As one of the leading professional organizations in the fields of peacebuilding, conflict studies and social justice, the Peace and Justice Studies Association strongly condemns Arizona’s new immigration law, SB 1070. Joining with other academic and educational associations in related fields, we believe that the law is draconian and ill-advised, and that its application threatens to inflame anti-immigrant sentiments and undermine constructive solutions to the challenges faced by communities in Arizona and across the nation.
Below is a statement unanimously endorsed by the board of directors of the PJSA, which has been delivered to Arizona Gov. Jan Brewer calling upon her to rescind this unjust law. In so doing, we recall the words of Martin Luther King, Jr. in his landmark essay “Letter from a Birmingham Jail,” following the teachings of St. Augustine: “’An unjust law is no law at all.’ … Any law that degrades human personality is unjust.” SB 1070 is such a law, and accordingly we join with myriad others in calling for its immediate rescission.
May 9, 2010
The Honorable Jan Brewer
Governor of Arizona
1700 West Washington
Phoenix, Arizona 85007
Dear Governor Brewer:
We, the members of the Board of Directors of the Peace and Justice Studies Association (PJSA), wish to express our deep concern with and unequivocal condemnation of Senate Bill 1070, which you signed into law on April 23, 2010. By making it a state crime to be in Arizona without federal authorization, and also making it a punishable offense to support someone without the appropriate documents, SB 1070 criminalizes countless decent human beings who live, work, pay taxes, and raise their families in Arizona. In addition, the enforcement of such a constitutionally problematic law threatens everyone’s civil rights in the process, and undermines the potential for fostering an environment based on peace and social justice. We unanimously denounce this law and strenuously urge that you rescind it in the name of compassion and human dignity.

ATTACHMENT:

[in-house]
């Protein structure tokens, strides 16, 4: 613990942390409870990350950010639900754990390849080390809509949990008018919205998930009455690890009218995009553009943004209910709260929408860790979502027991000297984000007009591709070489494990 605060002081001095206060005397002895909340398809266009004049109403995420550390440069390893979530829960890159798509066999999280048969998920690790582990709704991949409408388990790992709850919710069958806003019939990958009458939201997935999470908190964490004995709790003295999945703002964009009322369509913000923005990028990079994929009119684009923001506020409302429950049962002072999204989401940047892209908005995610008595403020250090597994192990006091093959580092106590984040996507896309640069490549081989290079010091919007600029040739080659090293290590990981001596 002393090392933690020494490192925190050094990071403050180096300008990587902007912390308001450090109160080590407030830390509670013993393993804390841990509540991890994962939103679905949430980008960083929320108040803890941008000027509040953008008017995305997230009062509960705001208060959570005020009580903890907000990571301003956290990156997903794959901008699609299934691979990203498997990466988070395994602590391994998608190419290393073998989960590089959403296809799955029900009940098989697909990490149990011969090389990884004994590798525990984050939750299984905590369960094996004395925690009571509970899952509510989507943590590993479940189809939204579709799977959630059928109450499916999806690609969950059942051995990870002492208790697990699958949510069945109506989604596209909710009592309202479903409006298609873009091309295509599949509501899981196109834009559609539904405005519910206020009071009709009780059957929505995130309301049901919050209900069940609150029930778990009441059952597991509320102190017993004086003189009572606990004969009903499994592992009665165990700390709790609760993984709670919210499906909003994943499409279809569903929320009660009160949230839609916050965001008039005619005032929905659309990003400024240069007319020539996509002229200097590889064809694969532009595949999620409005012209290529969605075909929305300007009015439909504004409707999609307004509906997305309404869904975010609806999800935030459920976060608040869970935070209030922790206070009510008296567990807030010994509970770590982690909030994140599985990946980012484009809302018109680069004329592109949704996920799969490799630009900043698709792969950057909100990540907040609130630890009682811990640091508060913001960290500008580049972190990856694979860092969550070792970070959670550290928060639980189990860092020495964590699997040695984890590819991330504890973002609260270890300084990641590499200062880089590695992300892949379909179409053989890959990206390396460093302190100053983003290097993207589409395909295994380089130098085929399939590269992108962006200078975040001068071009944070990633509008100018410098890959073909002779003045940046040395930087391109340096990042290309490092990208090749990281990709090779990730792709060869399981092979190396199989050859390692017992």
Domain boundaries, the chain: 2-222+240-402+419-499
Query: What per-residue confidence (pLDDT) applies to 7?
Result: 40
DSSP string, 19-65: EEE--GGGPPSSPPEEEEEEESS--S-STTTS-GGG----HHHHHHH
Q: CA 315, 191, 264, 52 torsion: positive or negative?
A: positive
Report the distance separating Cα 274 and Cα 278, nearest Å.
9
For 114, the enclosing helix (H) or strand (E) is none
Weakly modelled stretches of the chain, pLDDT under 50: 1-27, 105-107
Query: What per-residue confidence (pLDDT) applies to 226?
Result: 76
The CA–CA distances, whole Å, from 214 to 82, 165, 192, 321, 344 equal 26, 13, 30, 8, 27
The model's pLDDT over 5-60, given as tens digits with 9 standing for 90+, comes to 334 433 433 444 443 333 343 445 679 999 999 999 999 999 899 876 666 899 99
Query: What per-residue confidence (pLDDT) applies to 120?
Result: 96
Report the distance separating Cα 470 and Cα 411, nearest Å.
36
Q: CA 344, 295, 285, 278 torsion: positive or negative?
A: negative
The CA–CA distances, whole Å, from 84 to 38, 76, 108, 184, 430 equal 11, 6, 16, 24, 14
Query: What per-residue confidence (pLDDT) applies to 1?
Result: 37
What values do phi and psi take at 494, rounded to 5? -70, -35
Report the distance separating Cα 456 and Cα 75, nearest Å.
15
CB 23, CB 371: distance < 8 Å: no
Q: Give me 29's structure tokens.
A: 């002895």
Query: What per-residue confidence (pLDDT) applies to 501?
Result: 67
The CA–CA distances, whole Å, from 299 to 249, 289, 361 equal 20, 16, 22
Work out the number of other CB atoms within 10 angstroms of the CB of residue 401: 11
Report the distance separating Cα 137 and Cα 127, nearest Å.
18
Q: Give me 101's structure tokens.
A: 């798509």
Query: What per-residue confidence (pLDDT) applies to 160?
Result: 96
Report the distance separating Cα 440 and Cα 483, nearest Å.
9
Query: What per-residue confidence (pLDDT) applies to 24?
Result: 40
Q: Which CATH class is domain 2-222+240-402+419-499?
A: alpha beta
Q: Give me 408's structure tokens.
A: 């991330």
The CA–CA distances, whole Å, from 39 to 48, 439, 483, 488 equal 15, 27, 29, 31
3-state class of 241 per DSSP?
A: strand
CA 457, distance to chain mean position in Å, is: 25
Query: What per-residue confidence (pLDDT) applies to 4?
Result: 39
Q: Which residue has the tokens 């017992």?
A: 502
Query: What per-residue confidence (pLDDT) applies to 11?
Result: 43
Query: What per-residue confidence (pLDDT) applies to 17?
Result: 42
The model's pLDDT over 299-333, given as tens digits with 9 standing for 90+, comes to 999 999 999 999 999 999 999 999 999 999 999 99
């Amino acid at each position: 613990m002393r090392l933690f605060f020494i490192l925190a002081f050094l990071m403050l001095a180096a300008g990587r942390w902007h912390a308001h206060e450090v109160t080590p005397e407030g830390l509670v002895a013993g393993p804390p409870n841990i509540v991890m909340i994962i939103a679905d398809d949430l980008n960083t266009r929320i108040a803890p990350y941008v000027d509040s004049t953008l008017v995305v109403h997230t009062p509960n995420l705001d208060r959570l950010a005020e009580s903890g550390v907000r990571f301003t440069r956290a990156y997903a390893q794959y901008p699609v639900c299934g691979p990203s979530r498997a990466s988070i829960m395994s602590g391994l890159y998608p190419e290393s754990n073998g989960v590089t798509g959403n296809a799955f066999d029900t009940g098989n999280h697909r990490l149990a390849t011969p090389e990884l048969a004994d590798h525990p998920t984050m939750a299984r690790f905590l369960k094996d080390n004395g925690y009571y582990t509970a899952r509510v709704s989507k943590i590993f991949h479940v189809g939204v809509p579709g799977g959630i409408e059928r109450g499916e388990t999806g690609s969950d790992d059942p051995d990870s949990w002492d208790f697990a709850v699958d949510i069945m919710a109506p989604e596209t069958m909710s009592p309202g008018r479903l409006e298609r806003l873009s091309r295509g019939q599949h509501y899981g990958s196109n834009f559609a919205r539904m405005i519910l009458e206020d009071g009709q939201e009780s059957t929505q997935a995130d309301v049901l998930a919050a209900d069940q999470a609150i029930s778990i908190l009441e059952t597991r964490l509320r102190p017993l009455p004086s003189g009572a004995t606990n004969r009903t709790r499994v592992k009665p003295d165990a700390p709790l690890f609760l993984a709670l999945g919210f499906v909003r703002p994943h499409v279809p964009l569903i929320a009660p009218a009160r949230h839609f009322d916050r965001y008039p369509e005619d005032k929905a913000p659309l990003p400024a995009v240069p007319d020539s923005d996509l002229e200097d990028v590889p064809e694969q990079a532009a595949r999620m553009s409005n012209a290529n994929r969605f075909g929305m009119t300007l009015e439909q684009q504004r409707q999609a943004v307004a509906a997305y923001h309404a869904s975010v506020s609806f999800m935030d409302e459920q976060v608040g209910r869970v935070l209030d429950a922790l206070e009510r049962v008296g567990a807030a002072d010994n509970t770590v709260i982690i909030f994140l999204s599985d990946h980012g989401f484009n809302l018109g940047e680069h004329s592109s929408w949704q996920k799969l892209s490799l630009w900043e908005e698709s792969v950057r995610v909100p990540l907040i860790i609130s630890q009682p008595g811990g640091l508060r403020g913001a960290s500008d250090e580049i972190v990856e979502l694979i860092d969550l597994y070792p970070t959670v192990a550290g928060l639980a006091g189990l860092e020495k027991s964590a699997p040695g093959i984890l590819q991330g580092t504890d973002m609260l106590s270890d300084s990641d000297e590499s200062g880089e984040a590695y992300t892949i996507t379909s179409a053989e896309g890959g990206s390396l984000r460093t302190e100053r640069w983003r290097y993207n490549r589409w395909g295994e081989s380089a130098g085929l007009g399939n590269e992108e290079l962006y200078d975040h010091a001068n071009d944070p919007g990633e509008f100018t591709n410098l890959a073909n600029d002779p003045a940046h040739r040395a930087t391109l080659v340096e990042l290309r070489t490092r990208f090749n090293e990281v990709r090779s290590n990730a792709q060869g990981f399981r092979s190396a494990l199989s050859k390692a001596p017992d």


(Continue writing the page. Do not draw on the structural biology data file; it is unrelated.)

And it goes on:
PJSA is a non-partisan professional organization of scholars, educators and practitioners that was formed in 2001 as a result of a merger of the Consortium on Peace Research, Education and Development and the Peace Studies Association. We are dedicated to bringing together academics, teachers, and activists to explore alternatives to violence and share visions and strategies for peacebuilding, social justice, and social change. As such, our international membership is both knowledgeable about and concerned with the problems associated with social issues such as immigration. While immigration reform in the United States may be overdue, we also know that using this to justify state laws that usurp federal authority over immigration will create many more legal and social problems than it resolves.